Few things are as damaging as success. Too often we struggle for just another rung on that ladder—only to later realize it’s been propped against the wrong wall.
The year was roughly 800 B.C. Israel had experienced an unprecedented level of material and military success (you can actually read about this in 2 Kings 14:25-28; 2 Chron. 26:2, 6-15). Unfortunately, it was a level of success that had eroded the nation’s trust in God. As a result, the people of Israel turned from worshipping God to trusting in the various material idols of the day.
It may be unusual to think about such things on the day after Super Bowl Sunday. Don’t misunderstand me; there’s absolutely nothing wrong with enjoying the game or spending some time with family and friends. But surely you’d agree that there is always some measure of the event that reflects America’s sense of excess. Two writers call the event
“a national day of gluttony for Americans to unabashedly embrace the joys of advertising, consumerism and greasy foods… Football taps into our most violent, survival instincts. It repeatedly draws a line in the dirt and dares opponents to cross it. While it offers rules of engagement, often the meanest and nastiest prevail.…Football reminds us of who we are and how we got here, what battles had to be fought, what bodies had to be sacrificed to forge a nation.” (Craig Detweiler, Barry Taylor, A Matrix of Meanings)
Again, we don’t need to condemn televised sports in order to recognize that for millions of Americans, this event reflects and shapes what we worship. The Super Bowl—and the commercials that rival the importance of the game itself—reveals what our culture holds as ultimately valuable. It is a religion, pure and simple, one built on consumerism and sexuality.
Like most of the prophets, we don’t know much about Hosea.
“The word of the LORD that came to Hosea, the son of Beeri, in the days of Uzziah, Jotham, Ahaz, and Hezekiah, kings of Judah, and in the days of Jeroboam the son of Joash, king of Israel.” (Hosea 1:1)
His name meant “He has saved,” meaning that God has saved His people. He was probably active sometime between 760-715 B.C.
God has a very unusual plan for Hosea. Through Hosea, God’s message would be more than merely words, but also a very specific action.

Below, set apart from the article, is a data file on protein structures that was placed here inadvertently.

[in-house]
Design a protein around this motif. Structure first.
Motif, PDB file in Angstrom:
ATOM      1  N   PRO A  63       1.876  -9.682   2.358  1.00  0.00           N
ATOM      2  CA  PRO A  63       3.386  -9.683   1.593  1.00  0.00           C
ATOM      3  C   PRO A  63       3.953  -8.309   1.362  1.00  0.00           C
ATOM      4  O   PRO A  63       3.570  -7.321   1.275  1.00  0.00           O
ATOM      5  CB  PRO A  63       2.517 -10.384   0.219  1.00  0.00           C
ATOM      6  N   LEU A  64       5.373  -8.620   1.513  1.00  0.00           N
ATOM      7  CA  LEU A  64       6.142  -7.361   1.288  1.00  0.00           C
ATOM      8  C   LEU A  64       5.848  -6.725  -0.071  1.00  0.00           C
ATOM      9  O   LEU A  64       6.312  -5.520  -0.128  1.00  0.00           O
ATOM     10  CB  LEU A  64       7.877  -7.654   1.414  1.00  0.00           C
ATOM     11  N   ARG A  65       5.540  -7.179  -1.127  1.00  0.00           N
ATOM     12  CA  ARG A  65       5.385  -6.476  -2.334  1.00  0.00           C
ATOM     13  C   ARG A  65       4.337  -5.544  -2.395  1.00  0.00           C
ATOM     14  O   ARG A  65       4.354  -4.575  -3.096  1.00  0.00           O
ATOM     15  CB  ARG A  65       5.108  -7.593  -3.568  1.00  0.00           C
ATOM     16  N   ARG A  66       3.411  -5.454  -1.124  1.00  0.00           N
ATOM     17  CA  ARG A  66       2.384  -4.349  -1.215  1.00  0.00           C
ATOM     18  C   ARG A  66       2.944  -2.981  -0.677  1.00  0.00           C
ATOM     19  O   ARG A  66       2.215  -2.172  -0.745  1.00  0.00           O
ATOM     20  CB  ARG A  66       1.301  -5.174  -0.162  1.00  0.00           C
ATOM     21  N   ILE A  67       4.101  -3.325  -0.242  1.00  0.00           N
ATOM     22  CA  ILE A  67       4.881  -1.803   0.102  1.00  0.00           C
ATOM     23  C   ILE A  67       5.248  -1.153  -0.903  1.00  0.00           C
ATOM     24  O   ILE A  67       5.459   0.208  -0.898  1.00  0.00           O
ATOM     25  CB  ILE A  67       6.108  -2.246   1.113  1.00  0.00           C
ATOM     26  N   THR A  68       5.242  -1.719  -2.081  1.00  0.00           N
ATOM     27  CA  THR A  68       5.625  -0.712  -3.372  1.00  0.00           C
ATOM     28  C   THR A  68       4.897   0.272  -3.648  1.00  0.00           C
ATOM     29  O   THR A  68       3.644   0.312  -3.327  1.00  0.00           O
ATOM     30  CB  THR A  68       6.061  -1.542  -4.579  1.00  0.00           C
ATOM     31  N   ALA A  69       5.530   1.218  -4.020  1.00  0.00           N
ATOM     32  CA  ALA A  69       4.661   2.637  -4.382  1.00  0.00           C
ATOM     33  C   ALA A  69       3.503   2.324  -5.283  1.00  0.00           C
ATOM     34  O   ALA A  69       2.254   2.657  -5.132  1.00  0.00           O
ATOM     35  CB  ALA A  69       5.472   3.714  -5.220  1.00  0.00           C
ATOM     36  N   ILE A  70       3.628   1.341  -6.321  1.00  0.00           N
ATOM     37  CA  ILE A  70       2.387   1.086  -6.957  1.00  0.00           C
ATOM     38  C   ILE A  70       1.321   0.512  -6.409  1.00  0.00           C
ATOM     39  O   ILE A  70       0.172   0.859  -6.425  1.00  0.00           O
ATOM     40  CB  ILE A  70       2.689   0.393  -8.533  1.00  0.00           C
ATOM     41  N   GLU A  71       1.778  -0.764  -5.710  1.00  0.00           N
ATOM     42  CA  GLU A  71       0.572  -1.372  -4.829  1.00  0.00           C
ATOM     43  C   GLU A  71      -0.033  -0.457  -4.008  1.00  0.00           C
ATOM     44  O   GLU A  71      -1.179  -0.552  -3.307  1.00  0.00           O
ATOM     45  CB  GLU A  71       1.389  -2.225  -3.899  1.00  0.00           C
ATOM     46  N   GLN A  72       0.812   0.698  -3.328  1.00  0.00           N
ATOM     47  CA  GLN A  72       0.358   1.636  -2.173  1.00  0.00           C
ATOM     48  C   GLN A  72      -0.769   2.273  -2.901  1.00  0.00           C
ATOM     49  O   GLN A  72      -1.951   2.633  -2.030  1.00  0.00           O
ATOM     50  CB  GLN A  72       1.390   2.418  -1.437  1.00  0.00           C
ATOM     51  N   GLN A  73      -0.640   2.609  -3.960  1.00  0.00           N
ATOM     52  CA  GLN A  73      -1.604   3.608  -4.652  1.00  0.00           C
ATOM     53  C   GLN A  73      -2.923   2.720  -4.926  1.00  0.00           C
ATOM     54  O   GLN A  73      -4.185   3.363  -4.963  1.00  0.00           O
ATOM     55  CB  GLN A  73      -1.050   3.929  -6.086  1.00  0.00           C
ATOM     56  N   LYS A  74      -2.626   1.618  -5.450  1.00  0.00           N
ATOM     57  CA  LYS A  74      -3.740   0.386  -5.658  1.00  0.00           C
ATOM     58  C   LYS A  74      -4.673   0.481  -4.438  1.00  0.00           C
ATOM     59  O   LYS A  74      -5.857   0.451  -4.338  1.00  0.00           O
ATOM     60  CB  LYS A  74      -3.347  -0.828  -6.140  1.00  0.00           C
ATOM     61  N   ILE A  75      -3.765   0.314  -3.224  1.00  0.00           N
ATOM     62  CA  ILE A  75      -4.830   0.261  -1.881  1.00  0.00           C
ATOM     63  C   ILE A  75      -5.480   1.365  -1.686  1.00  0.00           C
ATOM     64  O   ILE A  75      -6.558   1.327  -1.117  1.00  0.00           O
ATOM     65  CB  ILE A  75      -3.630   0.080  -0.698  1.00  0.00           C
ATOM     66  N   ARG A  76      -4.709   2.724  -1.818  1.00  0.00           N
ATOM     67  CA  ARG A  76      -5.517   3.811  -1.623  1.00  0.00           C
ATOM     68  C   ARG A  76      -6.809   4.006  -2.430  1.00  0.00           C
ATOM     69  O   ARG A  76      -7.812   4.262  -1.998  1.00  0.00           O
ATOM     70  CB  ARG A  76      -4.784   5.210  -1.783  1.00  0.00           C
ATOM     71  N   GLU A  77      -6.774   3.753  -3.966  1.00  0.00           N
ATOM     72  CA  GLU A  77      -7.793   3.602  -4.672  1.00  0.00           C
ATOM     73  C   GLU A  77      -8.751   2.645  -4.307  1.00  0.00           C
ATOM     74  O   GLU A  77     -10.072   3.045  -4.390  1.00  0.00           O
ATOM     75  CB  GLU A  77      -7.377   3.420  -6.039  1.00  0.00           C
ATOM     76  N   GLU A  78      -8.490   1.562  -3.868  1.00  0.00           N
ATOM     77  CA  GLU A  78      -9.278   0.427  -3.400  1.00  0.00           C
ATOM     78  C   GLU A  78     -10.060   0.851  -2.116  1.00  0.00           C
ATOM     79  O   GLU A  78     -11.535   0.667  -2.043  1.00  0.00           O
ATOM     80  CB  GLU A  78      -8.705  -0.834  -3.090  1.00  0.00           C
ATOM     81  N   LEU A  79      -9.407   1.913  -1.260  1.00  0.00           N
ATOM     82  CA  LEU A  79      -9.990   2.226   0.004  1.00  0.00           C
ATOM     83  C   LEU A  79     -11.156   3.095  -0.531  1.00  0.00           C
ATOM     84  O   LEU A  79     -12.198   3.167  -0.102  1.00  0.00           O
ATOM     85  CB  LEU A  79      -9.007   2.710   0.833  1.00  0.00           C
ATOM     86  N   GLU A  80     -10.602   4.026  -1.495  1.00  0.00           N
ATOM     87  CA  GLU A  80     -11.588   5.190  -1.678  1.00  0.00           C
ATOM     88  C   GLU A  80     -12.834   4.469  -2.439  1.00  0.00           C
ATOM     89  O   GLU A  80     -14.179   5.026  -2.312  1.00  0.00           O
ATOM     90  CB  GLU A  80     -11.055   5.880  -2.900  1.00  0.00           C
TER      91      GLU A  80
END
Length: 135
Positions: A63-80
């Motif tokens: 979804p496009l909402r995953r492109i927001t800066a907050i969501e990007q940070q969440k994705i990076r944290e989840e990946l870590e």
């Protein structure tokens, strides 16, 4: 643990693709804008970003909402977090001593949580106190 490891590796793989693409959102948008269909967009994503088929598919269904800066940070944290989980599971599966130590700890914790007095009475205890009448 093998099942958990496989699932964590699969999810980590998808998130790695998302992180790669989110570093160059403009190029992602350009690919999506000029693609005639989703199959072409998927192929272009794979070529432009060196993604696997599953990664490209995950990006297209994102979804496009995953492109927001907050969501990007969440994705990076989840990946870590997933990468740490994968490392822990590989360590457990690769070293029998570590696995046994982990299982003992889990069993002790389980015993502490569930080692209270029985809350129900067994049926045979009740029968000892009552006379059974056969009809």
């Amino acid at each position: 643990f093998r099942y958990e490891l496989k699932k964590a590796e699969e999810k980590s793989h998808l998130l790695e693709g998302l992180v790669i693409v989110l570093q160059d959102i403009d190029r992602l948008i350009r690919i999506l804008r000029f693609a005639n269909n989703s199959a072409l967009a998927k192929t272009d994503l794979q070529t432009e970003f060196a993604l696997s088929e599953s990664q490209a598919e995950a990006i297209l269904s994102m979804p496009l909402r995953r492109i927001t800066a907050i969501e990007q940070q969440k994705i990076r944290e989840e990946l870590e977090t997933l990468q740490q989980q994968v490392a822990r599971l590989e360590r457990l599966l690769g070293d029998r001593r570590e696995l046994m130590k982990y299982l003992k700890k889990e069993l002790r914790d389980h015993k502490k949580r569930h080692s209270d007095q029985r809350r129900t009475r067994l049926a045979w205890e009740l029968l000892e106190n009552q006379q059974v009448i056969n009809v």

2 When the LORD first spoke through Hosea, the LORD said to Hosea, “Go, take to yourself a wife of whoredom and have children of whoredom, for the land commits great whoredom by forsaking the LORD.” 3 So he went and took Gomer, the daughter of Diblaim, and she conceived and bore him a son. (Hosea 1:2-3)
What you worship, you become. Israel had been betrothed to God like a bride, but in their unfaithfulness they became a whore. Few stories are more shocking than the story of Hosea and Gomer. We know little about Gomer, other than she carried the kind of reputation that Israel would have easily known about. Hosea’s marriage served to underscore God’s message: when you worship other things, you become a lesser thing. God’s relationship to His people was as stable as Hosea’s relationship to a prostitute.
God’s judgment of His people would then be seen through the children of Hosea and Gomer. Each of their three kids revealed a little more about God’s character and fierce holiness.
4 And the LORD said to him, “Call his name Jezreel, for in just a little while I will punish the house of Jehu for the blood of Jezreel, and I will put an end to the kingdom of the house of Israel. 5 And on that day I will break the bow of Israel in the Valley of Jezreel.”
This may be confusing. Jezreel was the name of Hosea’s first son, but it was also the name of an Israelite town. In the previous century, the area had been the site of a radical slaughter by King Jehu (2 Kings 9:27-28; 10:12-31). Because the king had overstepped his bounds, the people would be punished.
- Lo-Ruhamah (“No Love/Mercy”)
6 She conceived again and bore a daughter. And the LORD said to him, “Call her name No Mercy, for I will no more have mercy on the house of Israel, to forgive them at all. 7 But I will have mercy on the house of Judah, and I will save them by the LORD their God. I will not save them by bow or by sword or by war or by horses or by horsemen.”
Hosea’s second child—a daughter—would be named Lo-Ruhamah, which literally means “No Love” or “No Mercy.” Out of a deep commitment to Holiness, God would not show mercy to Israel in response to her sins.
- Lo-Ammi (“Not My People”)
8 When she had weaned No Mercy, she conceived and bore a son. 9 And the LORD said, “Call his name Not My People, for you are not my people, and I am not your God.”
Hosea’s third child (second son) was named “Lo-Ammi” meaning “Not My People.” God would distance Himself from His chosen people. That was the magnitude of the separation that had taken place.
The only thing more staggering than the magnitude of God’s anger is the magnitude of God’s incredible grace. When we worship lesser gods, we endure suffering. We cannot claim to be walking in step with God’s character. But even in the midst of this passage, we find a promise given to us from God:
10 Yet the number of the children of Israel shall be like the sand of the sea, which cannot be measured or numbered. And in the place where it was said to them, “You are not my people,” it shall be said to them, “Children of the living God.” 11 And the children of Judah and the children of Israel shall be gathered together, and they shall appoint for themselves one head. And they shall go up from the land, for great shall be the day of Jezreel.
Jesus is the true and better Hosea. He united Himself with a wayward people so that “he might present the church to himself in splendor, without spot or wrinkle or any such thing, that she might be holy and without blemish.” (Ephesians 5:27)
As we journey through Hosea, we learn more and more what it means to worship God and not the idols of the present world.